Stanley Cup Finals: Blues Navigate a Messy Thriller and Defeat the Bruins

ST. LOUIS — Ryan O’Reilly scored the go-ahead goal midway through the third period for his second of the night, and the St. Louis Blues thrived in a chaotic Game 4 of the Stanley Cup finals on Monday night to beat the Boston Bruins, 4-2, and tie the series at two games apiece.

O’Reilly ended an eight-game goal drought by scoring 43 seconds into the game and with 9 minutes 22 seconds left in the third period. The game was a back-and-forth thriller, with Boston’s Tuukka Rask and St. Louis’s Jordan Binnington each giving up plenty of rebounds for frantic scoring chances and scrums. Boston’s captain, Zdeno Chara, was knocked out of the game by a puck to the mouth.

Vladimir Tarasenko also scored for the Blues, and Binnington, a rookie, made 21 saves to improve to 7-2 in the playoffs after a loss. Even more impressive was Binnington’s bounce-back from being pulled in Game 3 for the first time in his N.H.L. career.

Rask allowed three goals on 37 shots and was at times on the receiving end of Blues onslaughts. Charlie Coyle scored for the third consecutive game, and Brandon Carlo had a short-handed goal for Boston, which was worn out by going down to five defensemen again after Chara left the ice bloodied.

“It’s anyone’s game now,” Blues forward Oskar Sundqvist said.

Game 5 is Thursday night in Boston.

O’Reilly was dominant all over the ice after a bad Game 3 in which he lost the majority of his face-offs and couldn’t get anything going. He had a multigoal game for the first time since November.

Seconds before puck drop, Brett Hull, the Blues alumnus and Hockey Hall of Famer, screamed into the microphone at the top of his lungs to pump up the crowd: “Are you ready? Let’s go, Blues!”

The crowd was ready, all right, and O’Reilly’s early goal came after Rask allowed the first of many juicy rebounds off a shot from defenseman Vince Dunn. Zach Sanford retrieved the puck, and O’Reilly tucked the it inside the post on a wraparound.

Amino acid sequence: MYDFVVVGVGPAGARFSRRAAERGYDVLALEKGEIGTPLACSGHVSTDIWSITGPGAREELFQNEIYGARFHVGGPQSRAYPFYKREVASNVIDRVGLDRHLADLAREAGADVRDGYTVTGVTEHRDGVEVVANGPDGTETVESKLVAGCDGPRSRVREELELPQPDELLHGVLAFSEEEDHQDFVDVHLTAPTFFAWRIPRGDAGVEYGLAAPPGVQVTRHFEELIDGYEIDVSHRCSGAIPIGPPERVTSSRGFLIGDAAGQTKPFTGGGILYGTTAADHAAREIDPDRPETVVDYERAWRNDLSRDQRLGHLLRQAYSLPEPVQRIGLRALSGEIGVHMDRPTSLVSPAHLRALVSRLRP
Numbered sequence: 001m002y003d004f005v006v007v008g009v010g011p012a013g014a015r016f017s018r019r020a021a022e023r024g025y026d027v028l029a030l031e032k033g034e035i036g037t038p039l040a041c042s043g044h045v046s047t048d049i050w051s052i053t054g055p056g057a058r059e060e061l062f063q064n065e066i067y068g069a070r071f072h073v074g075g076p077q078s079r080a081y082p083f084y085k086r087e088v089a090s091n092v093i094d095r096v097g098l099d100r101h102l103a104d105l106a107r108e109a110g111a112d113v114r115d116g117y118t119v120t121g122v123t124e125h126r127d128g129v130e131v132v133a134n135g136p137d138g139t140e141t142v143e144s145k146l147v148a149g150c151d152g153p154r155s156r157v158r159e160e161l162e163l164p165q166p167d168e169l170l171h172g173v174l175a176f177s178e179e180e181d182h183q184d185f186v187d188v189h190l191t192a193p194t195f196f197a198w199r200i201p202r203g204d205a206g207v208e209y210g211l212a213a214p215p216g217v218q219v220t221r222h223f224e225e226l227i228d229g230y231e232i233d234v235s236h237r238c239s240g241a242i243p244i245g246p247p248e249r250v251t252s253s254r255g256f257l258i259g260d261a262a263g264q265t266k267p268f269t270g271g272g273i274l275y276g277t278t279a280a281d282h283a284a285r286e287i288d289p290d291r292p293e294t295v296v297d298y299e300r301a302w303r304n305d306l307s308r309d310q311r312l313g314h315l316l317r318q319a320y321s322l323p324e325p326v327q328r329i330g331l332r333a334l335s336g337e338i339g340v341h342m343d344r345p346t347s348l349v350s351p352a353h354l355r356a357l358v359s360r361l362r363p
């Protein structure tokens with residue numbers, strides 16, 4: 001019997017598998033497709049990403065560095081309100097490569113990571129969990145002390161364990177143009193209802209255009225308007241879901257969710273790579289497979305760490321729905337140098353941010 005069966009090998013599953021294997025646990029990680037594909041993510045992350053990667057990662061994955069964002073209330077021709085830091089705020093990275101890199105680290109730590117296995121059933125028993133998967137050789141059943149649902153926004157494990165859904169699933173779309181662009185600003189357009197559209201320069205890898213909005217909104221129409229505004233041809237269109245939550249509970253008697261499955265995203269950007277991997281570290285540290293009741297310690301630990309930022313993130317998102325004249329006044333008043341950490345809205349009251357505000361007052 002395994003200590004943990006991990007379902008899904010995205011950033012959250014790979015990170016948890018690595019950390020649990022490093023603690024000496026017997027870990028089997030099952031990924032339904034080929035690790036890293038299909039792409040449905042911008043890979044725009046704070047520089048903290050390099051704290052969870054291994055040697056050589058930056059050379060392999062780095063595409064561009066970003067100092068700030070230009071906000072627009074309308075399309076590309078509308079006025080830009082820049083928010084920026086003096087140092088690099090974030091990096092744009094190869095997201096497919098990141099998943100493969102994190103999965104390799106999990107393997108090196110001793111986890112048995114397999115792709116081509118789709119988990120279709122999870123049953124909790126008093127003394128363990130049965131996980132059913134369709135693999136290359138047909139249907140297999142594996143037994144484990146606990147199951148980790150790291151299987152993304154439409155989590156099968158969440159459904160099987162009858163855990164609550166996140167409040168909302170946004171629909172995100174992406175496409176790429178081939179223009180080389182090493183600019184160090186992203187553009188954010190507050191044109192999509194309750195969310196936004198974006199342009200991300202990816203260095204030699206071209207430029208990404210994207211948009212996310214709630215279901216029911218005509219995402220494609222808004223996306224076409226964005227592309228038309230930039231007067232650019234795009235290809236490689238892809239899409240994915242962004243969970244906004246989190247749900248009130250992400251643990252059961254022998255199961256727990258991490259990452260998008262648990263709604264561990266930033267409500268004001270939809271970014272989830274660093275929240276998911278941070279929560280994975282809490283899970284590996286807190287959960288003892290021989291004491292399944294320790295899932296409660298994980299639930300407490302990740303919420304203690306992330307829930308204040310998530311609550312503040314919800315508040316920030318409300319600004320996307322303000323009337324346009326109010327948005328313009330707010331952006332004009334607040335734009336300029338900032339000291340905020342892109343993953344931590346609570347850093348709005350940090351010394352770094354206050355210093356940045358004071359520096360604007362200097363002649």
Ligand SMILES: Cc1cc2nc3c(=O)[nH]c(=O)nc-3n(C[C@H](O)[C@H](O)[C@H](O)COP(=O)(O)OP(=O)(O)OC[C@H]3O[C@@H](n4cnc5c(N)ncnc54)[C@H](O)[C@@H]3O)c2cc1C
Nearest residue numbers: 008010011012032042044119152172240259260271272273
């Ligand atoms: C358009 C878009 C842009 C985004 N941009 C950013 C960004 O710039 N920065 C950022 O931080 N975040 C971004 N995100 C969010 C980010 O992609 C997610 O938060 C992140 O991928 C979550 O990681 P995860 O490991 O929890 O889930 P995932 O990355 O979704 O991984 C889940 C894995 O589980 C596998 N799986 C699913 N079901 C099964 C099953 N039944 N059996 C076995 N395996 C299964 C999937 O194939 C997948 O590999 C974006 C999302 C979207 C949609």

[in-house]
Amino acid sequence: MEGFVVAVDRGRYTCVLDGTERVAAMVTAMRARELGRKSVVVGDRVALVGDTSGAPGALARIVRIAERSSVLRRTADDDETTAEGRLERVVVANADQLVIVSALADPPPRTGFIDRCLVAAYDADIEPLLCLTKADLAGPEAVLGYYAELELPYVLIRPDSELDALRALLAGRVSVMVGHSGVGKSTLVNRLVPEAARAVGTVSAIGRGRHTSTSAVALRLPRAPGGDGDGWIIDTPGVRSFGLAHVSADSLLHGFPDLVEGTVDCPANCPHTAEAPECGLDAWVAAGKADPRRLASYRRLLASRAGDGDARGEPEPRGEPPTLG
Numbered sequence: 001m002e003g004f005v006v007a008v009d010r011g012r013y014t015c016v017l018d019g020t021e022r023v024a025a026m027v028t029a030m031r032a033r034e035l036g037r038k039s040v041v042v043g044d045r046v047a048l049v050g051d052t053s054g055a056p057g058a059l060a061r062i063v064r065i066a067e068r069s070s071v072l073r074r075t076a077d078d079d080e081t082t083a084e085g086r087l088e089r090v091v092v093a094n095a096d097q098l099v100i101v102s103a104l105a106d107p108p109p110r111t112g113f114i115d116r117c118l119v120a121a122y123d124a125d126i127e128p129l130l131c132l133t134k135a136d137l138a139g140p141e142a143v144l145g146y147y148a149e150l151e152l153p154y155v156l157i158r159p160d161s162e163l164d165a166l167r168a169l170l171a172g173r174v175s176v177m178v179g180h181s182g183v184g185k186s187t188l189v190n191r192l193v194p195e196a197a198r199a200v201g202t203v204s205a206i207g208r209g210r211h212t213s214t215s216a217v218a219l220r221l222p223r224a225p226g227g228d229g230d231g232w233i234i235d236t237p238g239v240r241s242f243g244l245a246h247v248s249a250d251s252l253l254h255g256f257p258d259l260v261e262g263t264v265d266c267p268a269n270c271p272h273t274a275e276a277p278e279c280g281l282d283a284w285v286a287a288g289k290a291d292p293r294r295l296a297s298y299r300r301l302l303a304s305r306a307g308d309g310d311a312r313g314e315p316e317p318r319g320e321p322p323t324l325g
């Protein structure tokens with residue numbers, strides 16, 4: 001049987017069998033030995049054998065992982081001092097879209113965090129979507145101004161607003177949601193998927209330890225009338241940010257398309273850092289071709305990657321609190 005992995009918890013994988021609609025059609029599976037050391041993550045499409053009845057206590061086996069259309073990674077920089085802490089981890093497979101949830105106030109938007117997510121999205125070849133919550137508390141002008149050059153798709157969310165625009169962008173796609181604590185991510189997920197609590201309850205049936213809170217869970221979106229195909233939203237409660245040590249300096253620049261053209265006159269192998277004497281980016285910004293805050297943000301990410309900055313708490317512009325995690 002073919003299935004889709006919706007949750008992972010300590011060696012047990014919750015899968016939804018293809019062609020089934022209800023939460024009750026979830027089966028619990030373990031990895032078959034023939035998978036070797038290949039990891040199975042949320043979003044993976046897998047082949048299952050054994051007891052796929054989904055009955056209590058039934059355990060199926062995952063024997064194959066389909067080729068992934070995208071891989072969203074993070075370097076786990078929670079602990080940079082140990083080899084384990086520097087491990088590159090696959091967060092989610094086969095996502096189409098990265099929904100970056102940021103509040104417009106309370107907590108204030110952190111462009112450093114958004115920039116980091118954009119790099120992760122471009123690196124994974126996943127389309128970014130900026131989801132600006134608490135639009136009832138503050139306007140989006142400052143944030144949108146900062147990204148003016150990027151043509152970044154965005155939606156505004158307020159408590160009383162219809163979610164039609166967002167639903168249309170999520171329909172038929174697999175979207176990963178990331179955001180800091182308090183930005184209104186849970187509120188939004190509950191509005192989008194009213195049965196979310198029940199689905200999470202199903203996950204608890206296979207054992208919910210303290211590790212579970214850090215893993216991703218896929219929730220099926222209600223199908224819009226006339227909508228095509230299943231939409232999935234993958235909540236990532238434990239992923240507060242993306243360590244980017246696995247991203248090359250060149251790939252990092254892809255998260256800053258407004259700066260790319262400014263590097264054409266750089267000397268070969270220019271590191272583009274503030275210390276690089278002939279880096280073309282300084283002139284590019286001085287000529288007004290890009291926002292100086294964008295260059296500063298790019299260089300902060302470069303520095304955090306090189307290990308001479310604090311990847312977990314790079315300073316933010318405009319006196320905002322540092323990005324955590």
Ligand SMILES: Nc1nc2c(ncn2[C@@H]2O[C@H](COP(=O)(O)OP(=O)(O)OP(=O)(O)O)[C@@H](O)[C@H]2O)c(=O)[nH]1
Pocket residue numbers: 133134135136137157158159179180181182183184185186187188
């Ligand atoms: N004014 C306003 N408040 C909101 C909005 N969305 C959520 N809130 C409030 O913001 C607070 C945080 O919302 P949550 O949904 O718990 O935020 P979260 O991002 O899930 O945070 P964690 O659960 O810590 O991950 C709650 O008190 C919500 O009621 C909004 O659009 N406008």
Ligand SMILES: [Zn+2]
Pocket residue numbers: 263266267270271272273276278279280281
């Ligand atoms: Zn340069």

It was the sixth time in the playoffs that St. Louis had scored in the opening two minutes, which it has now done in all four rounds. The Blues are 6-0 in those games.

Coyle continued his hot run by tying it at 13:14 in when Binnington allowed a big rebound on a shot by Chara. Coyle has nine playoff goals and is building a decent case to win the Conn Smythe Trophy as playoff M.V.P.

Less than two and a half minutes after Coyle’s goal, Tarasenko scored on a rebound off a shot by Alex Pietrangelo to give the lead back to the Blues going into the first intermission. St. Louis improved to 7-3 when leading after 20 minutes.

The Blues responded well to a mistake on special teams in the second period.

After St. Louis cycled the puck in the offensive zone for several minutes, exhausting Boston defenders, Connor Clifton took a penalty for an illegal check to the head of Tarasenko. Twenty-six seconds into the Blues power play, the Bruins inexplicably got numbers on a rush and Carlo scored short-handed to tie it again.

It was the fourth short-handed goal St. Louis has allowed in the playoffs, against only 13 power-play goals.

After trading power plays in the third period, O’Reilly scored on another Rask rebound on a Pietrangelo shot midway through the third period. With St. Louis leading, fans could happily sing John Denver’s “Country Roads” at the under six-minute timeout, and Brayden Schenn sealed it with an empty-net goal with 1:29 left.

When the final horn sounded, Laura Branigan’s “Gloria” played to celebrate the Blues’ first-ever home victory in the Stanley Cup finals.

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